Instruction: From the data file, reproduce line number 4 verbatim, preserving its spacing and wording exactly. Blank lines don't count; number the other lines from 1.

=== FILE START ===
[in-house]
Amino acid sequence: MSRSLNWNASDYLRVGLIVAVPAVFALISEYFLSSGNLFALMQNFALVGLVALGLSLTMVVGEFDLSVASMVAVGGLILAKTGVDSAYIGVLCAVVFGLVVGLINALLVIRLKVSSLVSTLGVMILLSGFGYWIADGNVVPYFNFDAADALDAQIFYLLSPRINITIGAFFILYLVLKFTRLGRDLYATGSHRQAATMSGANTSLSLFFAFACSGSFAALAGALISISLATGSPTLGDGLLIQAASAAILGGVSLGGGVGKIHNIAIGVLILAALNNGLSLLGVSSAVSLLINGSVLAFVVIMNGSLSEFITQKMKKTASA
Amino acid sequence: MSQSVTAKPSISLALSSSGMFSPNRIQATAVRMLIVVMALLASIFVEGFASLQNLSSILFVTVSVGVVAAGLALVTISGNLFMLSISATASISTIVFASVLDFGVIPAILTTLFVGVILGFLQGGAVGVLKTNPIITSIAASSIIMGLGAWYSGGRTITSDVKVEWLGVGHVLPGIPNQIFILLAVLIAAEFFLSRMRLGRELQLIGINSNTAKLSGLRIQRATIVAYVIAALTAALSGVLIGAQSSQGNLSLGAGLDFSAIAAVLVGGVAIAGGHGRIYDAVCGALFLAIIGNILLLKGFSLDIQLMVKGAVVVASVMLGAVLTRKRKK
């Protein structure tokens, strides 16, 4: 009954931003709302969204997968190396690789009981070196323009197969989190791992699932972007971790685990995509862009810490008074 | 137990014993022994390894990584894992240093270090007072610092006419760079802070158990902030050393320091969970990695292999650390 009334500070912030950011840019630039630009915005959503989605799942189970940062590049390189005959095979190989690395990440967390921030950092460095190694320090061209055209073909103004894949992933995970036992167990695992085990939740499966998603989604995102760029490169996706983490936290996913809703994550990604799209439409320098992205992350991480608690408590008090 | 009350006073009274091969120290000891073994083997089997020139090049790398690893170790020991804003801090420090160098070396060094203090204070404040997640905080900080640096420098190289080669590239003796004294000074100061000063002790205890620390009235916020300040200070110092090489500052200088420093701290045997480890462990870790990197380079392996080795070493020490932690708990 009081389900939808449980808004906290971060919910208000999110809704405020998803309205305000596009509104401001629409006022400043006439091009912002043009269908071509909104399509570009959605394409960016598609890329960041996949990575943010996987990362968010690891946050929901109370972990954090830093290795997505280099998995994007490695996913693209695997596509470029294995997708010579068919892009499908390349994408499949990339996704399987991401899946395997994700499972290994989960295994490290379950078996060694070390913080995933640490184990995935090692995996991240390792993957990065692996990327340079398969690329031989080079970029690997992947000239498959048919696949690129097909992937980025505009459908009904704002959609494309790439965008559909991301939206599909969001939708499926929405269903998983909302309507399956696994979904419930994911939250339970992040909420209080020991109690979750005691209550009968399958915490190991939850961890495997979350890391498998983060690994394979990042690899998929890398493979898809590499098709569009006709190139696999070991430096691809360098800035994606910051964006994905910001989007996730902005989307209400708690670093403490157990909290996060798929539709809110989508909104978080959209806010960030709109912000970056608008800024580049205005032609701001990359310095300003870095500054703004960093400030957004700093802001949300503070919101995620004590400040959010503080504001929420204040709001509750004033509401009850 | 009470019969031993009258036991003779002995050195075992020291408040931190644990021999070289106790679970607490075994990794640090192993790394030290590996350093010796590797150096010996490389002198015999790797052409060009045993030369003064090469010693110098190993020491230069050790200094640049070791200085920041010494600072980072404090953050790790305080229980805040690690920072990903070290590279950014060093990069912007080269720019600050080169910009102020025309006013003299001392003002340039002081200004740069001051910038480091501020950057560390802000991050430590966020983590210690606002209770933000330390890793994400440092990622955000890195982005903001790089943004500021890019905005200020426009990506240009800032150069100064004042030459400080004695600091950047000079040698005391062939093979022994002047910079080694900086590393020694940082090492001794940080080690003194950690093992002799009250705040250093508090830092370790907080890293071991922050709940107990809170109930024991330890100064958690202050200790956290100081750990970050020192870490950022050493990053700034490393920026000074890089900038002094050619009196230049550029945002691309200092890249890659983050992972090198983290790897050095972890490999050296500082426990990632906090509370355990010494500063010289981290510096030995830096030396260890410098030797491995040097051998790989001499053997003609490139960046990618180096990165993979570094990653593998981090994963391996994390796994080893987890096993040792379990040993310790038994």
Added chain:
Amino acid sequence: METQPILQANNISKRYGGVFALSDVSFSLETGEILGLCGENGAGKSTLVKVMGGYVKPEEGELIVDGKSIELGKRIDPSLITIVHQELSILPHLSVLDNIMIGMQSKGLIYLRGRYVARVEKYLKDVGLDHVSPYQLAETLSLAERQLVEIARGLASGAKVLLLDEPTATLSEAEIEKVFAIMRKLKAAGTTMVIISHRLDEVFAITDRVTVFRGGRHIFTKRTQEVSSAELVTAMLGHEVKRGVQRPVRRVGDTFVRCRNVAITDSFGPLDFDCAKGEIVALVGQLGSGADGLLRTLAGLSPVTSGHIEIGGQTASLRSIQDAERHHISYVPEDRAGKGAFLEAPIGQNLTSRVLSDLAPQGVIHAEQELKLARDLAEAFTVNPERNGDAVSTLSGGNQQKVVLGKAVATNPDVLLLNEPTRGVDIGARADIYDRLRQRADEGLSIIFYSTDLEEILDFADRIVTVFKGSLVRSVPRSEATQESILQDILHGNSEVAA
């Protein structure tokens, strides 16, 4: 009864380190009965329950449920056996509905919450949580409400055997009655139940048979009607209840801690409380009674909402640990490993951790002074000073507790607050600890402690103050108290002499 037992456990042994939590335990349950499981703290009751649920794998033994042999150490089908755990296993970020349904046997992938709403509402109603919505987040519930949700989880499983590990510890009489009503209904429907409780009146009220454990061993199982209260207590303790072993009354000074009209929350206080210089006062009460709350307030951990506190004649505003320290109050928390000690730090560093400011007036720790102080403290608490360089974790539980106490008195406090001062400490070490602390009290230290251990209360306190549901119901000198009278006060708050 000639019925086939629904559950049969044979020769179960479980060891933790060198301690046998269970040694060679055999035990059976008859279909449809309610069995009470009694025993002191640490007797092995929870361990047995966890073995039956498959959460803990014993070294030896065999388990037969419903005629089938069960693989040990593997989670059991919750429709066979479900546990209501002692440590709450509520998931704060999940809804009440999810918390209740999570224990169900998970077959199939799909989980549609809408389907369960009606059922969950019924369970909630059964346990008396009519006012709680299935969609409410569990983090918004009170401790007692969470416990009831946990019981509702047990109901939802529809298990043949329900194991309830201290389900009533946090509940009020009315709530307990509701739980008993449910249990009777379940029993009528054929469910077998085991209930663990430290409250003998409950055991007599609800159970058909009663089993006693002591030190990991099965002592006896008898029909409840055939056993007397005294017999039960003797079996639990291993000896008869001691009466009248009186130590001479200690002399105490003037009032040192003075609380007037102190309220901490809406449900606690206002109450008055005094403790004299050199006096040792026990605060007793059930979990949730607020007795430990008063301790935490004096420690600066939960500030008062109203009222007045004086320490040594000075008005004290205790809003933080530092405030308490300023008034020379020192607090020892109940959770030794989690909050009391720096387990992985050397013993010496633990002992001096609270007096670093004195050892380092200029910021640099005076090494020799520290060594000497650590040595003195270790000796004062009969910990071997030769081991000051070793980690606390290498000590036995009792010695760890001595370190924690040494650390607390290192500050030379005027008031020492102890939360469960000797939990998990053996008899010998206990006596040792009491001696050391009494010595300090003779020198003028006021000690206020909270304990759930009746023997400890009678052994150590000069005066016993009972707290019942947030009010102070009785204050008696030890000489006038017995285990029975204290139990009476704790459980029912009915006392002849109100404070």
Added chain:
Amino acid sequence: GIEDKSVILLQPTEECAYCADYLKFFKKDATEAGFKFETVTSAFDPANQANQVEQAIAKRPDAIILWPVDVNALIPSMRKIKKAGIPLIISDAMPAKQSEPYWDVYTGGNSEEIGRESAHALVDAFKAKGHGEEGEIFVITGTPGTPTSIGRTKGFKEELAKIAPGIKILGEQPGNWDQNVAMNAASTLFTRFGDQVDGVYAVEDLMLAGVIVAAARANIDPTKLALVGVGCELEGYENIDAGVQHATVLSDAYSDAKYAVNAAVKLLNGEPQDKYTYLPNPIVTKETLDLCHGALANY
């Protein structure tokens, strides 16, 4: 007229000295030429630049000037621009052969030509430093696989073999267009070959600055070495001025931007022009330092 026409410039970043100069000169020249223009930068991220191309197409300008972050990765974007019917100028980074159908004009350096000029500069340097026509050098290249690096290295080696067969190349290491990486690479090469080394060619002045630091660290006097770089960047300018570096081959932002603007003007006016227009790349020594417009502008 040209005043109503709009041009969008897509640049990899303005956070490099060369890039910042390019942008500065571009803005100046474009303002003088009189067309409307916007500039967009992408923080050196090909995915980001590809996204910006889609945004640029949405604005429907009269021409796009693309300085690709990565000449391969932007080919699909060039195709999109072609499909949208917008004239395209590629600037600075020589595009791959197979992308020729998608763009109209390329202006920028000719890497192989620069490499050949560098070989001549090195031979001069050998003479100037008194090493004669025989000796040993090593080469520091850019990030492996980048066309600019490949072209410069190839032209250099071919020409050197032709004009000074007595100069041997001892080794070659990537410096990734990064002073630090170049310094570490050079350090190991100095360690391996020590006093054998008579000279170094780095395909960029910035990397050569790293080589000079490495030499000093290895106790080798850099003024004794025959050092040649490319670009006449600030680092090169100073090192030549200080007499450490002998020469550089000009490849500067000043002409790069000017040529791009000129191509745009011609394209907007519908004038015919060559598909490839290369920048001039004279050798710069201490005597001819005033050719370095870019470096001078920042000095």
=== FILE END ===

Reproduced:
């Protein structure tokens, strides 16, 4: 009954931003709302969204997968190396690789009981070196323009197969989190791992699932972007971790685990995509862009810490008074 | 137990014993022994390894990584894992240093270090007072610092006419760079802070158990902030050393320091969970990695292999650390 009334500070912030950011840019630039630009915005959503989605799942189970940062590049390189005959095979190989690395990440967390921030950092460095190694320090061209055209073909103004894949992933995970036992167990695992085990939740499966998603989604995102760029490169996706983490936290996913809703994550990604799209439409320098992205992350991480608690408590008090 | 009350006073009274091969120290000891073994083997089997020139090049790398690893170790020991804003801090420090160098070396060094203090204070404040997640905080900080640096420098190289080669590239003796004294000074100061000063002790205890620390009235916020300040200070110092090489500052200088420093701290045997480890462990870790990197380079392996080795070493020490932690708990 009081389900939808449980808004906290971060919910208000999110809704405020998803309205305000596009509104401001629409006022400043006439091009912002043009269908071509909104399509570009959605394409960016598609890329960041996949990575943010996987990362968010690891946050929901109370972990954090830093290795997505280099998995994007490695996913693209695997596509470029294995997708010579068919892009499908390349994408499949990339996704399987991401899946395997994700499972290994989960295994490290379950078996060694070390913080995933640490184990995935090692995996991240390792993957990065692996990327340079398969690329031989080079970029690997992947000239498959048919696949690129097909992937980025505009459908009904704002959609494309790439965008559909991301939206599909969001939708499926929405269903998983909302309507399956696994979904419930994911939250339970992040909420209080020991109690979750005691209550009968399958915490190991939850961890495997979350890391498998983060690994394979990042690899998929890398493979898809590499098709569009006709190139696999070991430096691809360098800035994606910051964006994905910001989007996730902005989307209400708690670093403490157990909290996060798929539709809110989508909104978080959209806010960030709109912000970056608008800024580049205005032609701001990359310095300003870095500054703004960093400030957004700093802001949300503070919101995620004590400040959010503080504001929420204040709001509750004033509401009850 | 009470019969031993009258036991003779002995050195075992020291408040931190644990021999070289106790679970607490075994990794640090192993790394030290590996350093010796590797150096010996490389002198015999790797052409060009045993030369003064090469010693110098190993020491230069050790200094640049070791200085920041010494600072980072404090953050790790305080229980805040690690920072990903070290590279950014060093990069912007080269720019600050080169910009102020025309006013003299001392003002340039002081200004740069001051910038480091501020950057560390802000991050430590966020983590210690606002209770933000330390890793994400440092990622955000890195982005903001790089943004500021890019905005200020426009990506240009800032150069100064004042030459400080004695600091950047000079040698005391062939093979022994002047910079080694900086590393020694940082090492001794940080080690003194950690093992002799009250705040250093508090830092370790907080890293071991922050709940107990809170109930024991330890100064958690202050200790956290100081750990970050020192870490950022050493990053700034490393920026000074890089900038002094050619009196230049550029945002691309200092890249890659983050992972090198983290790897050095972890490999050296500082426990990632906090509370355990010494500063010289981290510096030995830096030396260890410098030797491995040097051998790989001499053997003609490139960046990618180096990165993979570094990653593998981090994963391996994390796994080893987890096993040792379990040993310790038994």